Online surveys are a great way to collect information from customers (and potential customers) that will help you quickly grow your business. Surveys can allow you to gather information, get new ideas, and engage with your customers in a meaningful way.
Not that long ago, conducting surveys was an expensive and sophisticated endeavor, which means very few companies could afford to do it. Today, however, there are improved processes, online solutions, and a wide range of software and firmware options that make conducting surveys affordable and straightforward. Here’s how you can best make a survey for your business.
Surveys can be set up to collect information overtime or on demand as the needs of your business change over time. You can create a survey to examine trends or changes in consumer feelings and habits. You can also use surveys to determine the potential for products and services.
Your first step should be to determine what your objective is in conducting a survey. What information and insight do you hope to gain from the survey? What you want the result to be will determine how you create the survey, what questions you ask, when it is administered, and how those questions are worded. Without a clear objective going into the survey, it’s difficult to know how to analyze the information you get from the survey.
When writing your survey questions, there are a couple of things you need to keep in mind. First, keep all the wording and sentences simple and to the point. If they are confusing or hard to read, your survey results may not be reflective of what you need to know. Stay away from any hot topic words that will get a strong reaction. You also need to avoid abbreviations or slang as readers may not understand them.
To get answers that you can quantify, the questions need to be either yes/no questions or multiple choice. Close-ended questions will allow you to analyze the information gleaned from the responses comparatively. Open-ended questions that force survey-takers to write out an answer or explanation to the answer makes it difficult to give each answer a quantitative value.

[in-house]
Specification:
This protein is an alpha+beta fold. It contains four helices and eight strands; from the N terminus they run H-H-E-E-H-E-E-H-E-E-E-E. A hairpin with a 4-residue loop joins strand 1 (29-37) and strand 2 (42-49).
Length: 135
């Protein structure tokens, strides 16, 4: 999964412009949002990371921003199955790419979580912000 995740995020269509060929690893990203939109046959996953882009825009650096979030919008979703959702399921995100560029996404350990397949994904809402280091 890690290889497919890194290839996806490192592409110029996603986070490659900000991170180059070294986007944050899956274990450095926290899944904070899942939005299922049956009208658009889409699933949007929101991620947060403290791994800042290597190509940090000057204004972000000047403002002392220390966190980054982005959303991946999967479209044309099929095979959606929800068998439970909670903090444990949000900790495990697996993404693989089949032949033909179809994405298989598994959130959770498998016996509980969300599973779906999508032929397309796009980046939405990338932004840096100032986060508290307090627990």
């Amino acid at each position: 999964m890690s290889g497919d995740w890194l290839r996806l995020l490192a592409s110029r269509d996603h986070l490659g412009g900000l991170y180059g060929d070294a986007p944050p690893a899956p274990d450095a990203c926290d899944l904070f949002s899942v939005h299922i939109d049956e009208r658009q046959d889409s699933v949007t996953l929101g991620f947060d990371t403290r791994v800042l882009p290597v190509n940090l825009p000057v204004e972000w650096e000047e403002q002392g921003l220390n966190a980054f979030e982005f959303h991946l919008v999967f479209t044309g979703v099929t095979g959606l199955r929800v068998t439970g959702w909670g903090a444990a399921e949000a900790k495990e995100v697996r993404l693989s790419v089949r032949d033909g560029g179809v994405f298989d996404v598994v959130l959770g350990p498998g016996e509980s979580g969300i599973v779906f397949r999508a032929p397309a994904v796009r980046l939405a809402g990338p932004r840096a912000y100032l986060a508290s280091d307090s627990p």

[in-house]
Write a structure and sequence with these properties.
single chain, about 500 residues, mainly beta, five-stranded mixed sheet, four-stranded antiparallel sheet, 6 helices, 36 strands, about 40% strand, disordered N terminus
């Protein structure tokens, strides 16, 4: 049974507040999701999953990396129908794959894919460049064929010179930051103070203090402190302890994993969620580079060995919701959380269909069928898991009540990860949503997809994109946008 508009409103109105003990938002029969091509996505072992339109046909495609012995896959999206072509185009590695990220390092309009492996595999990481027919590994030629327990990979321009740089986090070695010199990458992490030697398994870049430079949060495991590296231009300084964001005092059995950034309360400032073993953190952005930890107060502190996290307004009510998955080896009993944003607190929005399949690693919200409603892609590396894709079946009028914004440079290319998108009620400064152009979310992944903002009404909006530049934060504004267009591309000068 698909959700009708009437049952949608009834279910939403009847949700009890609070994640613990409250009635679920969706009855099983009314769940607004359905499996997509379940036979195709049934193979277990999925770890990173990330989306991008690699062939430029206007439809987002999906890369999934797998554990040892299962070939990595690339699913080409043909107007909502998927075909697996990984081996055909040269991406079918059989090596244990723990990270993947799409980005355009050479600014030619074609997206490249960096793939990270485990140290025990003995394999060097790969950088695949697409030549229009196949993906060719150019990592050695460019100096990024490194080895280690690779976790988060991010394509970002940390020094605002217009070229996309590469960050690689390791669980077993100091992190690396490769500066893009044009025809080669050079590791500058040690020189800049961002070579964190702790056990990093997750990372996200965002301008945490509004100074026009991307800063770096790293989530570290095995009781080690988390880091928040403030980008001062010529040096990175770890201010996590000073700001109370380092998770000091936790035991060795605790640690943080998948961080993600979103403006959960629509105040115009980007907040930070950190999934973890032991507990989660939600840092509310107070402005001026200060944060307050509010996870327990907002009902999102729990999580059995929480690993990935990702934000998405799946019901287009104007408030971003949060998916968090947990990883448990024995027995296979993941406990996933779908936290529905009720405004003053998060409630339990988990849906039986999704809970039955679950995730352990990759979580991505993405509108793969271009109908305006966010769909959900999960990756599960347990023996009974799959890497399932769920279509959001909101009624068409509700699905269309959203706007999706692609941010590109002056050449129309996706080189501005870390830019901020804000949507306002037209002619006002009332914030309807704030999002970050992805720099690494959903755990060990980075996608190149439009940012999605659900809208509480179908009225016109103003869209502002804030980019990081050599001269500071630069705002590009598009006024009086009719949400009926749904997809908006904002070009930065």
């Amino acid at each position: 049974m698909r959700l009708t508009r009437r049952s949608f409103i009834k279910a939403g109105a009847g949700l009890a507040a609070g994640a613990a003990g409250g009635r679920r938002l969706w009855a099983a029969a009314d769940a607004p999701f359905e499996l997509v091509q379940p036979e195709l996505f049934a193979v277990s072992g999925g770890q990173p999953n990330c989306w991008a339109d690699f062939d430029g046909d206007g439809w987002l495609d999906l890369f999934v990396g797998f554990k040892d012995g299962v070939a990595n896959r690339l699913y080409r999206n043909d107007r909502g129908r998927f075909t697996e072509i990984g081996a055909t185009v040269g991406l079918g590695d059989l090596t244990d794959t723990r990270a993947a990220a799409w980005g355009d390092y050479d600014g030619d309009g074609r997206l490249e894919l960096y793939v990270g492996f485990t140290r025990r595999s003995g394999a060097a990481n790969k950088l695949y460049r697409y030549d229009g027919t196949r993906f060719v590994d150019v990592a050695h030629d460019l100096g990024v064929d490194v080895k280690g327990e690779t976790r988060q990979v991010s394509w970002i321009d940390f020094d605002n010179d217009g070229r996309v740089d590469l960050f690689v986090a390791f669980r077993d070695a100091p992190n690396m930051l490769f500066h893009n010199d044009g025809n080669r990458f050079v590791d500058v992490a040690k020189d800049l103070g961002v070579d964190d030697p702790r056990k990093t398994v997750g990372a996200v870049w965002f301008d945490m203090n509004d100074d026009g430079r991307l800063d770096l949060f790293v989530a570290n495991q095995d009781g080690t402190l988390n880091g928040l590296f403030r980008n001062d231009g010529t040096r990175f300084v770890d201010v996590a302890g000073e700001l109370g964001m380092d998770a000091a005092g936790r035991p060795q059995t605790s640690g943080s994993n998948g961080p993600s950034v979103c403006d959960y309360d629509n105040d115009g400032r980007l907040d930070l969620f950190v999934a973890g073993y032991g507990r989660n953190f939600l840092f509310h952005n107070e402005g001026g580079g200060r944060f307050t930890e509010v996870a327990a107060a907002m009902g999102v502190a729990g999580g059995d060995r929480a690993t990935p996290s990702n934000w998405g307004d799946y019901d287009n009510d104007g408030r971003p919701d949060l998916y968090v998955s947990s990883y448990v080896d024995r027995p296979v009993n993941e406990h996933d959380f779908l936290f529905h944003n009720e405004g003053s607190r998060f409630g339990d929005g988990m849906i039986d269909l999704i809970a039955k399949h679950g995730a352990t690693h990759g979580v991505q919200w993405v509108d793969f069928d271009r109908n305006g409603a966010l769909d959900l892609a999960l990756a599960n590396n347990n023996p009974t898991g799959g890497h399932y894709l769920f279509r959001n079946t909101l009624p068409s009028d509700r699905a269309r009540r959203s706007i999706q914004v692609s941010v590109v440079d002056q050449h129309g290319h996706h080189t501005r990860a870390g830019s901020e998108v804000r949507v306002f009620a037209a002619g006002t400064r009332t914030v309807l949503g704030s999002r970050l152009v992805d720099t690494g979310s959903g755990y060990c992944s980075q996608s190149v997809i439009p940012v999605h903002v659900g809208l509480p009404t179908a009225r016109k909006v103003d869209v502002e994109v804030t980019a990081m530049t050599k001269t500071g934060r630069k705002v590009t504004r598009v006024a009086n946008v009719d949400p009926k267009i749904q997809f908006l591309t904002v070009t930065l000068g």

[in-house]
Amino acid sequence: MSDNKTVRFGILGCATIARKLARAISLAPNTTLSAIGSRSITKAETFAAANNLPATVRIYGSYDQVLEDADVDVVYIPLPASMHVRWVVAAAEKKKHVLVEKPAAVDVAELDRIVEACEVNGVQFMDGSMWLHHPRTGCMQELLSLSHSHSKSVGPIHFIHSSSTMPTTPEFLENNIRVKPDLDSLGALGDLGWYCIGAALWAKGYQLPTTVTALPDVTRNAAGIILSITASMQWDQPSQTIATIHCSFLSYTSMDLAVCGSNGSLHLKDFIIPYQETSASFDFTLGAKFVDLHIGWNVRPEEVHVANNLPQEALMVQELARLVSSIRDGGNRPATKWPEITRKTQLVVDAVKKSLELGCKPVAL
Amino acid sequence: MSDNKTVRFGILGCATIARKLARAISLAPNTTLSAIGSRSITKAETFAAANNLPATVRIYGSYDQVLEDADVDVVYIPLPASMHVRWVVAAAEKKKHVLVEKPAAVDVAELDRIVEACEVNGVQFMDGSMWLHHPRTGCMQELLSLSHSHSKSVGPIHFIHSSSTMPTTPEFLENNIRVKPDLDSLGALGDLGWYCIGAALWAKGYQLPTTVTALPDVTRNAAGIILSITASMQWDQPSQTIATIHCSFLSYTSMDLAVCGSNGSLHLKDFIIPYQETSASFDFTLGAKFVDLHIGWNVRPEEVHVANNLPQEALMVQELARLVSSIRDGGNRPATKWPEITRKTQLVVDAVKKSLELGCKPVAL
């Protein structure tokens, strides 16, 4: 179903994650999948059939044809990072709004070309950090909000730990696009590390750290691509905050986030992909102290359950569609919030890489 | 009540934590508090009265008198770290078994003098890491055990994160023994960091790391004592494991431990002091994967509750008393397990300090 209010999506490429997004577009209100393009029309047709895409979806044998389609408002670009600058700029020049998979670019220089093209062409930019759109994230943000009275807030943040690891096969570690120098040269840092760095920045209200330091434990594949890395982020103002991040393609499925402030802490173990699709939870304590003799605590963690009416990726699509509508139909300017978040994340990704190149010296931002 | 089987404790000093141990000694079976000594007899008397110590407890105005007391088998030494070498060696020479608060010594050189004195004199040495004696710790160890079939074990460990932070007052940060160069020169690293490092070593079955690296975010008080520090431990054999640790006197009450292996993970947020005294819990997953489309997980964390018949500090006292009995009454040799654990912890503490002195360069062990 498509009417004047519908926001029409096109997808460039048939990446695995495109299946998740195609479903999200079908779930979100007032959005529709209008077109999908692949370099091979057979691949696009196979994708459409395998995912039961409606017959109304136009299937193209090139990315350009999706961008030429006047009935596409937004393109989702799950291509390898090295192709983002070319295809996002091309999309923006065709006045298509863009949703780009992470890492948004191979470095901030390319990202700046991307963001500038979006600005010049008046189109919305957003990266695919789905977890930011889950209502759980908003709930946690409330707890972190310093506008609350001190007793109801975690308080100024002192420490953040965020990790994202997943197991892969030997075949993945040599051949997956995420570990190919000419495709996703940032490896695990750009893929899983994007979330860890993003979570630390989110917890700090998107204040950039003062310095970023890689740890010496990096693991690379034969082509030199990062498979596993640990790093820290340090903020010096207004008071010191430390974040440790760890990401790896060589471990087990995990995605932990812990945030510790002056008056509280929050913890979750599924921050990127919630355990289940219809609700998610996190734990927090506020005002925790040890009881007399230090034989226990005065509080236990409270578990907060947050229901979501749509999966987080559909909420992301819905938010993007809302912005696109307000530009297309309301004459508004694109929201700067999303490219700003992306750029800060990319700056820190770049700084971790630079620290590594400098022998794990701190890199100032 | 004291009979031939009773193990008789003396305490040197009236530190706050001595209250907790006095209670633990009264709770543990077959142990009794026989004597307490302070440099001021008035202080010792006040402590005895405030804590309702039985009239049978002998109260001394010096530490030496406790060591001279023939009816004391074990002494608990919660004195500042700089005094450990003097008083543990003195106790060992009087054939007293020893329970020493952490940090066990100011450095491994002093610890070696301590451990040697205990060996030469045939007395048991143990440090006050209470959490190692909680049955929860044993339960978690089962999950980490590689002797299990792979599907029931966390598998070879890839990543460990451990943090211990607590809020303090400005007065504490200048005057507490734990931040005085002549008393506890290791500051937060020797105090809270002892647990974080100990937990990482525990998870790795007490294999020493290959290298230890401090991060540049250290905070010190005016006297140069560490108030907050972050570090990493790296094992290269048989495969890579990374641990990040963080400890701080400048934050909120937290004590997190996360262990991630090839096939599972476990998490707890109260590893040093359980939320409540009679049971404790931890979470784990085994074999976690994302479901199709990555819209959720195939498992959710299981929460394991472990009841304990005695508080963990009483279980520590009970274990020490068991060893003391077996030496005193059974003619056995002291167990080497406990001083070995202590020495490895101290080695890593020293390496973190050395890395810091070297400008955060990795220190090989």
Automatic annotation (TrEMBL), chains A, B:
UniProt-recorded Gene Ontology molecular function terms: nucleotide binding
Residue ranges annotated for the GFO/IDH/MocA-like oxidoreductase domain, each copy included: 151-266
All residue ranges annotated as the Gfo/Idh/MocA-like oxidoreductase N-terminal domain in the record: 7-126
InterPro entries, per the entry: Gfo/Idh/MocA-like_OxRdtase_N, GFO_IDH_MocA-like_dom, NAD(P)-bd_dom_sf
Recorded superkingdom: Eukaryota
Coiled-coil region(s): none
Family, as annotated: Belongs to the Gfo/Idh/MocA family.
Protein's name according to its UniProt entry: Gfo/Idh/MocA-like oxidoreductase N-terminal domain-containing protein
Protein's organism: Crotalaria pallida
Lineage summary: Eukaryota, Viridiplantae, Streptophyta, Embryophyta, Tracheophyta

Surveys also need to be short to reduce the impact of reader fatigue. Reader fatigue is when the person taking the survey is merely tired of answering questions and begins to rush. This leads to them not thoroughly reading the questions or reading them at all; they start filling in answers to get it finished.
Have a set duration for your survey and monitor its progress throughout. You may be able to identify flaws in your survey quickly, which you can fix and keep moving forward. Alternatively, as you examine the results, you may see weaknesses in your survey that allow you to create a better one in the future. Monitoring your survey is also essential, so you can identify your response rate, or the percentage of people who had access to your survey that complete it.
If you experience a low response rate, you may need to alter how the survey is presented to potential survey-takers. For example, was the survey an option on your website? Was it sent in a link via email, or was it pushed on social media? Where the survey was presented and significantly impacted the percentage of people who respond.
When you end the survey and have the results, present them in an easy to examine format. This may be a pie chart, graph, or another visual tool. Having the results written out is highly useful: being able to visualize the results is beneficial for most people when trying to focus on the most valuable information.
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